On vector layers, it is possible to draw with pencil lines, textured pencil lines, vector brushes and textured vector brushes. While pencil lines are vector centrelines to which you can add thickness, brush strokes are solid vector shapes filled with a colour, and textured brush strokes are brush strokes filled with a bitmap texture that filter out their colour.
On bitmap layers, you can only draw using solid or textured bitmap brushes. Hence, while vector layers are more flexible because they allow you to easily manipulate and tweak parts of your artwork, they can also accommodate more art styles.
However, if you use a textured brush on a vector layer, your brush strokes will have a bitmap texture. This means that, just like with artwork in bitmap layers, attempting to tweak or resize a textured brush stroke will require Harmony to resample the texture, which is liable to make it lose picture quality, unless its texture resolution was sufficiently increased before you started drawing.
One pitfall of using textured brushes on vector drawings is that, while bitmap drawings are always made of a single flat canvas, vector brush strokes are kept as separate objects. This means that laying on a lot of textured brush strokes on a vector drawing will require Harmony to store the texture for each of these strokes, and to composite them together in real time to display your drawing. This can cause texture-heavy vector drawings to be heavier on application performance and in file size than bitmap drawings. This is however the only case where a vector drawing is likely to be heavier than a bitmap drawing.
Though not recommended for sketching, textured pencil lines are a good compromise. Textured pencil lines are lighter and easier to edit. This means that the texture will update with the transformation if you scale or tweak your pencil line. This also means that you are able to change the texture applied to an existing pencil line or to apply a texture to a pencil line that does not already have one. Brush textures are recommended over textured pencil lines when trying to achieve natural-looking brushes.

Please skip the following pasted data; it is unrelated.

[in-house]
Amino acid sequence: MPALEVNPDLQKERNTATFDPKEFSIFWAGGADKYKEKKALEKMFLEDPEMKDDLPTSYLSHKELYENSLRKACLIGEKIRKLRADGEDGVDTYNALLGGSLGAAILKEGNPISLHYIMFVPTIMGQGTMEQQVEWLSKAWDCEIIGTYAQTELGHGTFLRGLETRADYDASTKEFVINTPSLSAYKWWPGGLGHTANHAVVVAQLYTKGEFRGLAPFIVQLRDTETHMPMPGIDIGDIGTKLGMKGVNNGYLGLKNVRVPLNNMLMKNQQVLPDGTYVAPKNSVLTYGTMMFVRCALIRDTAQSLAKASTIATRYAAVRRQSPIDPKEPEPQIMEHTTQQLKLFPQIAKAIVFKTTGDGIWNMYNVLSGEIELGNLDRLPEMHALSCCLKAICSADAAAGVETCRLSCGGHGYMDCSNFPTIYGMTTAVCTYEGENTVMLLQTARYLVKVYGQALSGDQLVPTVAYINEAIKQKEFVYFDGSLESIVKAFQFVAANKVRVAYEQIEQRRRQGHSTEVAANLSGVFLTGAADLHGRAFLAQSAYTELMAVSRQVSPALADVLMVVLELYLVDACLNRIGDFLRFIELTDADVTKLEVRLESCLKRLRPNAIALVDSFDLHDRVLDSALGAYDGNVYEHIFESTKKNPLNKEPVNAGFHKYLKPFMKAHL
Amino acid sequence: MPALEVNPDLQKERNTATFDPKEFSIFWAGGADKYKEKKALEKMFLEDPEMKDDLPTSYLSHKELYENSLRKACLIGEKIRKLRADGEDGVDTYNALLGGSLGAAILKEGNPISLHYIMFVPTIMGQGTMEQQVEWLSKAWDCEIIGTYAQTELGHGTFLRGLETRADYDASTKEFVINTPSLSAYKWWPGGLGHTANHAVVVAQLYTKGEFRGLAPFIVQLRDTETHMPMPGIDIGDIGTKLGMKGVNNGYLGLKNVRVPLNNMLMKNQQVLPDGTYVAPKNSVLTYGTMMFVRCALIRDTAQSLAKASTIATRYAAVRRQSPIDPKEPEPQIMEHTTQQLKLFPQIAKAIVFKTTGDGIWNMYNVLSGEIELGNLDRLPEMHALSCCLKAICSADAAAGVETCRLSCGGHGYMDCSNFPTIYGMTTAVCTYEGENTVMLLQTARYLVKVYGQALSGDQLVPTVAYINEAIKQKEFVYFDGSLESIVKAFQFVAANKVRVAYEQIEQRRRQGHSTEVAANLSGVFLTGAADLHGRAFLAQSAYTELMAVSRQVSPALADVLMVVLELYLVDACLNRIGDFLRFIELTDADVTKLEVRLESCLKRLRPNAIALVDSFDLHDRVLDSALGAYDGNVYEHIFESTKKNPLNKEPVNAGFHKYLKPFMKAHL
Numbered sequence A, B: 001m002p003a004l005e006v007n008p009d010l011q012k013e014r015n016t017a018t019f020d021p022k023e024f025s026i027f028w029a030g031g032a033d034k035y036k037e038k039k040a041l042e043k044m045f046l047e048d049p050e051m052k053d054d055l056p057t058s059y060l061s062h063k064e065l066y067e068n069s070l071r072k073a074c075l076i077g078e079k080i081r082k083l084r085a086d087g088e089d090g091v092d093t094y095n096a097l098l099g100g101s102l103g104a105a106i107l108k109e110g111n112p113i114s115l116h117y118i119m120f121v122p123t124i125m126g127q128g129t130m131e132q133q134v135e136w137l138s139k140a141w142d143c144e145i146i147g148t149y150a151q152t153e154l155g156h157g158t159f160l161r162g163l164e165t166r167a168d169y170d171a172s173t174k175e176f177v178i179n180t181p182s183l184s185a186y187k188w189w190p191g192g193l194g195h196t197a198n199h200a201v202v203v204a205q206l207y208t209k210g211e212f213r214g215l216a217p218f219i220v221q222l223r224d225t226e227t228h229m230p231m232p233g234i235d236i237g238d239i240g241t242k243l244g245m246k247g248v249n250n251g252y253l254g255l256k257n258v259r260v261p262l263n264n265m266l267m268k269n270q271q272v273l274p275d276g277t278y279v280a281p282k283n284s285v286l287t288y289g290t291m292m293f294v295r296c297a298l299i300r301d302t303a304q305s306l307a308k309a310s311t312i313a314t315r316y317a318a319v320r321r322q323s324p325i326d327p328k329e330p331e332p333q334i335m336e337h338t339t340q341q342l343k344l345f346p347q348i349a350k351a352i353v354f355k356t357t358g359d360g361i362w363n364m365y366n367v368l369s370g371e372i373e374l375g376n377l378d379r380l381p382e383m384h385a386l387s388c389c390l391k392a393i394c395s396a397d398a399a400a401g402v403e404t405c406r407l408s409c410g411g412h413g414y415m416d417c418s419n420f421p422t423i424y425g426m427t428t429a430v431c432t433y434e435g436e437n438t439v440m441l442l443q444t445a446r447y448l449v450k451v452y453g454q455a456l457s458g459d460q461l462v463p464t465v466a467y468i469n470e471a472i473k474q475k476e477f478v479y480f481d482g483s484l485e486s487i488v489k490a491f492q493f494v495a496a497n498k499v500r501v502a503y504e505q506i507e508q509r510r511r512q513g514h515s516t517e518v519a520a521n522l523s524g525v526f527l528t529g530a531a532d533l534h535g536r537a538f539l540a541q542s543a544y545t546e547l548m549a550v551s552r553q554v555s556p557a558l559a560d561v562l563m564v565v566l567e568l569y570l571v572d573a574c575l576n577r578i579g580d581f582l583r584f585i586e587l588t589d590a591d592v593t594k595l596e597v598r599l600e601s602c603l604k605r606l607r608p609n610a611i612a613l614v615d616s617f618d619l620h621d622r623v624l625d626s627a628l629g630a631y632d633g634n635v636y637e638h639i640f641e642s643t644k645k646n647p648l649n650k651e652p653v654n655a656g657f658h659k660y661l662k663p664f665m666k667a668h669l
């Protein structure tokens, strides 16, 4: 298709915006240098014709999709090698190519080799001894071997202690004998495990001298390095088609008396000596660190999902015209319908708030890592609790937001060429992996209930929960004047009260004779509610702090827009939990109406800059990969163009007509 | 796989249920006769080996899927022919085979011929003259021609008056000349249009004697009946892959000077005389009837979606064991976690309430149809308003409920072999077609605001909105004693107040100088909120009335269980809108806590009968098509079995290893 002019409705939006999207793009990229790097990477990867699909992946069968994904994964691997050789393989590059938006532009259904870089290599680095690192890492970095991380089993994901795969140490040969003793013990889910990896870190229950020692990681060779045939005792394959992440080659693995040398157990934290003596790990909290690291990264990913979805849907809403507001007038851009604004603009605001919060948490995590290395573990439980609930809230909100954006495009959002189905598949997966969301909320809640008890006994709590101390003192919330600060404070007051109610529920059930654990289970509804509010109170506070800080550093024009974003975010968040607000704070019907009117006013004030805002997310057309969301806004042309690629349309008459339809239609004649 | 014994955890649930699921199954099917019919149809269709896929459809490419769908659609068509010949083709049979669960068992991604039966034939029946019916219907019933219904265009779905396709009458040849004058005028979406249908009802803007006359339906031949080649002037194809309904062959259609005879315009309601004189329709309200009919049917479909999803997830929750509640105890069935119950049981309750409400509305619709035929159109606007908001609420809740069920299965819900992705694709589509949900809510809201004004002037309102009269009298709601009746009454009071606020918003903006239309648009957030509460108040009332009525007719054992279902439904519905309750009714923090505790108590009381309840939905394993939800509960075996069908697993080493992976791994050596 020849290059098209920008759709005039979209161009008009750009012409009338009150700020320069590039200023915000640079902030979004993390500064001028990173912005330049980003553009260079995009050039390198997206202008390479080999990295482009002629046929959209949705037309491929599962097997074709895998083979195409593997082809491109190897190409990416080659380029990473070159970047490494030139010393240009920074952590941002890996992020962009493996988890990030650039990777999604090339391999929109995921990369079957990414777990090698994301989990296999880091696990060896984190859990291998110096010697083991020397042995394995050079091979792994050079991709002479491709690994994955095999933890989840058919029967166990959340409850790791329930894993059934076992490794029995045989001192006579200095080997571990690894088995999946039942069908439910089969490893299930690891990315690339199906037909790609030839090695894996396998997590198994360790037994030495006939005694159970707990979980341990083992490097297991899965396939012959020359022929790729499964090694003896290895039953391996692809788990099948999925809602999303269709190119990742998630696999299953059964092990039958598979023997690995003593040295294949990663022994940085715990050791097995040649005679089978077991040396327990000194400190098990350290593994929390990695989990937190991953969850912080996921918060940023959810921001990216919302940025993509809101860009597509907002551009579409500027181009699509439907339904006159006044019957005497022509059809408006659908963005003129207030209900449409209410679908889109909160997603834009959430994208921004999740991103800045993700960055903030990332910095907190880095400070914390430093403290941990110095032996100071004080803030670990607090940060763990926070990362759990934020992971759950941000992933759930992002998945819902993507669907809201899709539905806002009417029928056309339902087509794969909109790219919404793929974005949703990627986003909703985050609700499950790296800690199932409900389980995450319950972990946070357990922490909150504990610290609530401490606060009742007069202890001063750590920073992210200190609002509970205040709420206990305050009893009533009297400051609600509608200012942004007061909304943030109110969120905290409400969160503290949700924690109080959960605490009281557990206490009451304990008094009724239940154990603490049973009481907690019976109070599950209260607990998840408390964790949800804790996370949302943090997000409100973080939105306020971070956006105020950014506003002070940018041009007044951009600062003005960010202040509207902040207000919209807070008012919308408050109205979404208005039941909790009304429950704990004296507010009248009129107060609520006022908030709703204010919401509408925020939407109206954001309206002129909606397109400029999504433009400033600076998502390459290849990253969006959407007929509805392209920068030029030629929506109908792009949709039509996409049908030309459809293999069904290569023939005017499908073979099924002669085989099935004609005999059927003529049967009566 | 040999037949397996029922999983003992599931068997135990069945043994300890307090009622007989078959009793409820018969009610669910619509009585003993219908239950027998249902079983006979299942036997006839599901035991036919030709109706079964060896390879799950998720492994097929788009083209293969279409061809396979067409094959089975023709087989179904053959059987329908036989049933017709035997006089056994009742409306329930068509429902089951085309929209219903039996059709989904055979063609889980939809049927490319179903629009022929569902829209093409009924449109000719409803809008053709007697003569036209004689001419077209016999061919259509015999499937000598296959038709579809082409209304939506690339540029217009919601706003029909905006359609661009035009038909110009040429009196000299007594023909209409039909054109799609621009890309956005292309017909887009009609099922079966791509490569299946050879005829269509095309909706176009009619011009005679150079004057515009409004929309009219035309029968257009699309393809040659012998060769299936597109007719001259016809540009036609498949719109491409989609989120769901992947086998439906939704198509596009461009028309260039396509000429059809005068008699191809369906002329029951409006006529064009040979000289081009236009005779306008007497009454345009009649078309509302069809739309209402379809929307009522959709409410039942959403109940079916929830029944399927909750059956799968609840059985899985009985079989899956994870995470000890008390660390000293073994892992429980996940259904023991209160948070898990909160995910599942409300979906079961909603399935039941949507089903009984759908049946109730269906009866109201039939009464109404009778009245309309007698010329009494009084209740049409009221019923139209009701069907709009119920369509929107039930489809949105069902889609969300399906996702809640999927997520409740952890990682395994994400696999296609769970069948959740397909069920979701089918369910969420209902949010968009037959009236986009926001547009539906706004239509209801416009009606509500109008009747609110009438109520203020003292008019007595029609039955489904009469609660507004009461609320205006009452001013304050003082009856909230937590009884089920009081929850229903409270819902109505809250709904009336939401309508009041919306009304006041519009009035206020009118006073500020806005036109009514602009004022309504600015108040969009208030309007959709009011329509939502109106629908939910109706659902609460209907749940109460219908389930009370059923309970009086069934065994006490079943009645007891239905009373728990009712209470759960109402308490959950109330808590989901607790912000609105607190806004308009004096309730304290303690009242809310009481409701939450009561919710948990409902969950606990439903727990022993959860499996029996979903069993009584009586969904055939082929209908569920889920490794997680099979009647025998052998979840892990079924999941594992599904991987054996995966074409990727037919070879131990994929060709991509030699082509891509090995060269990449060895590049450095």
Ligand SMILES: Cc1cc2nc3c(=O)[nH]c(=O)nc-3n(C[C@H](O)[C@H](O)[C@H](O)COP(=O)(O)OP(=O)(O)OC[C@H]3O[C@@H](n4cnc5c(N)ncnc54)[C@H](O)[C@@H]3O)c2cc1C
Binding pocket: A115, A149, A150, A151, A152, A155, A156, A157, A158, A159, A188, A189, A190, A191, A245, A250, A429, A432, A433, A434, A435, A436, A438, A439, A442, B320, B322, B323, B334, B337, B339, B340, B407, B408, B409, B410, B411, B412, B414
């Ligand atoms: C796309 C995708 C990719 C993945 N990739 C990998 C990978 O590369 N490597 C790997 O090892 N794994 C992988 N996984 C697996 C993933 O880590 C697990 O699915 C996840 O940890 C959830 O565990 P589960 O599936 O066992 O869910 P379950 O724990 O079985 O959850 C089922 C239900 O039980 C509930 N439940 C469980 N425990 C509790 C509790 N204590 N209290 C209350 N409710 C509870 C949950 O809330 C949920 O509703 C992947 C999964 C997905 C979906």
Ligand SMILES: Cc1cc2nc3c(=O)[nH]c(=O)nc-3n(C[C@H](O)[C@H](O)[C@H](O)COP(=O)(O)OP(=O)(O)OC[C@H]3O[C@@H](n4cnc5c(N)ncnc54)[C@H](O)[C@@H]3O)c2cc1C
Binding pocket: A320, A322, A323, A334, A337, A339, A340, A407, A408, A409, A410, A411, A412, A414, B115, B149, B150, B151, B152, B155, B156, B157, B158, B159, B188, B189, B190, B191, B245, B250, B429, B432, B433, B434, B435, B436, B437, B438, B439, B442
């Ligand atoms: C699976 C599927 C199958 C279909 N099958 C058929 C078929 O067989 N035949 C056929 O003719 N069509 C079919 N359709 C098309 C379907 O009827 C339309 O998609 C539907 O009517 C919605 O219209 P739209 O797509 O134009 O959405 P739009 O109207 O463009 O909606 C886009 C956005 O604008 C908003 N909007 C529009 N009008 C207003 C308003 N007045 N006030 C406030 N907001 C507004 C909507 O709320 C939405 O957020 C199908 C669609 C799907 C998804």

The following table compares the different approaches to drawing available in Harmony:
|Drawing Tool||Layer Type||Specifics|
Advantages: Very light and easy to tweak. Can be manipulated, recoloured and tweaked by the centreline. Can be zoomed in on or scaled up without losing quality.
Disadvantages: Not optimized for transparency.
Recommended Use: Clean drawings with a solid and uniform outline style.
Advantages: Light and easy to tweak. Can be manipulated, recoloured and tweaked by the centreline. Can be zoomed in on or scaled up without losing quality.
Disadvantages: Not optimized for transparency. Not recommended for sketching. Does not look as natural as textured brushes.
Recommended Use: For light textured or mixed-style artwork that demands a lot of line manipulation.
|Solid Vector Brush||Vector||
Advantages: Light file size. Reproduces traditional animation style. Can be manipulated, recoloured and edited by the contour or centreline. Can be zoomed in on or scaled up without losing quality.
Disadvantages: Cannot reproduce the look of natural media.
Recommended Use: Sketches, clean traditional animation-style drawings.
|Textured Vector Brush||Vector||
Advantages: Can reproduce the look of natural media. As capable as textured bitmap brushes, but can be manipulated, edited and recoloured like solid vector brushes.
Disadvantages: Overlapping brush strokes can make the drawing heavy on application performance and file sizes. Brush strokes of different colours cannot be flattened together. Tweaking, scaling up or zooming in on artwork is liable to make it lose texture quality.
Recommended Use: For light bitmap-style textured artwork or mixed-style artwork.
|Textured Bitmap Brush||Bitmap||
Advantages: Can reproduce the look of natural media. Better performance and lighter file size than texture-heavy vector artwork. Can be edited pixel by pixel.
Disadvantages: Brush strokes are always flattened together and cannot be modified individually. Can only be drawn or erased upon. Scaling up or zooming in on artwork is liable to make it lose picture quality.
Recommended Use: Texture-heavy bitmap artwork.